Carefully crafted to provide a comprehensive overview of the chemistry of water in the environment, Water Chemistry: Green Science and Technology of Nature's Most Renewable Resource examines water issues within the broad framework of sustainability, an issue of increasing importance as the demands of Earth’s human population threaten to overwhelm the planet’s carrying capacity. Renowned environmental author Stanley Manahan provides more than just basic coverage of the chemistry of water. He relates the science and technology of this amazing substance to areas essential to sustainability science, including environmental and green chemistry, industrial ecology, and green (sustainable) science and technology. The inclusion of a separate chapter that comprehensively covers energy, including renewable and emerging sources, sets this book a part.
Manahan explains how the hydrosphere relates to the geosphere, atmosphere, biosphere, and anthrosphere. His approach views Planet Earth as consisting of these five mutually interacting spheres. He covers biogeochemical cycles and the essential role of water in these basic cycles of materials. He also defines environmental chemistry and green chemistry, emphasizing water’s role in the practice of each. Manahan highlights the role of the anthrosphere, that part of the environment constructed and operated by humans. He underscores its overwhelming influence on the environment and its pervasive effects on the hydrosphere. He also covers the essential role that water plays in the sustainable operation of the anthrosphere and how it can be maintained in a manner that will enable it to operate in harmony with the environment for generations to come.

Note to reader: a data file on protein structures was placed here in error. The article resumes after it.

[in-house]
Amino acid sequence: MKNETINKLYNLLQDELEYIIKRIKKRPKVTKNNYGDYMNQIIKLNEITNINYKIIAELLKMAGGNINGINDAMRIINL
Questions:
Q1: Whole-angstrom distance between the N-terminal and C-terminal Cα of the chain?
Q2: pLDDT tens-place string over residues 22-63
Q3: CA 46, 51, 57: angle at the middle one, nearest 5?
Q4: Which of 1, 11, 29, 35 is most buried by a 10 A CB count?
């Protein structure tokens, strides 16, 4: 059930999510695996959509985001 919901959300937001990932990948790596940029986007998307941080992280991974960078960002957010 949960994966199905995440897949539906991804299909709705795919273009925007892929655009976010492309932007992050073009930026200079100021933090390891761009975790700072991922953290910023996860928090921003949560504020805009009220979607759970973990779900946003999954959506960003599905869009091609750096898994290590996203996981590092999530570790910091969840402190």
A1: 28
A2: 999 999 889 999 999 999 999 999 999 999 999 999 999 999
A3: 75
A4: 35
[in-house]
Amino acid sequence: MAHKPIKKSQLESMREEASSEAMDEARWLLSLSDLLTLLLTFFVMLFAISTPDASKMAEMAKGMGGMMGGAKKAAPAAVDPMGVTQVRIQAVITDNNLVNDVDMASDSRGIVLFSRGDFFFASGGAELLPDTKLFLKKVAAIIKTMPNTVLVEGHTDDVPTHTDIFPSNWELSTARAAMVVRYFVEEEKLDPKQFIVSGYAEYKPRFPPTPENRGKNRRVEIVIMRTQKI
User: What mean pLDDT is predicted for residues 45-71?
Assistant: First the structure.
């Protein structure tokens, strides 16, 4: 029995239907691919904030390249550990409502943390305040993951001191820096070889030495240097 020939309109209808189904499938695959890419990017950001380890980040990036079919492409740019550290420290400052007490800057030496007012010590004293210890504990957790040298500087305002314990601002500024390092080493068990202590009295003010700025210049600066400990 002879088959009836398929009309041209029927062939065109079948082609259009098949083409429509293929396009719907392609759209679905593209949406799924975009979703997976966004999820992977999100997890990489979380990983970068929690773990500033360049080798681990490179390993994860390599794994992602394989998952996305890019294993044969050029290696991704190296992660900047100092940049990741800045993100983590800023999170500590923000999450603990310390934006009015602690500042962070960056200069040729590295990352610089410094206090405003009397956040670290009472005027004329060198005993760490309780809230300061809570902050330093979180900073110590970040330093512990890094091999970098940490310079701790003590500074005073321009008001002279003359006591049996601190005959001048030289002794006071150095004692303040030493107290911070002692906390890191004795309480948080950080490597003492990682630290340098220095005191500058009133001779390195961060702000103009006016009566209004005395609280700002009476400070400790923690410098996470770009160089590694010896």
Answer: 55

Written at an intermediate level, this is an appropriate text for the study of current affairs in environmental chemistry. It provides a review and grounding in basic and organic chemistry for those students who need it and also fills a niche for an aquatic chemistry book that relates the hydrosphere to the other four environmental spheres.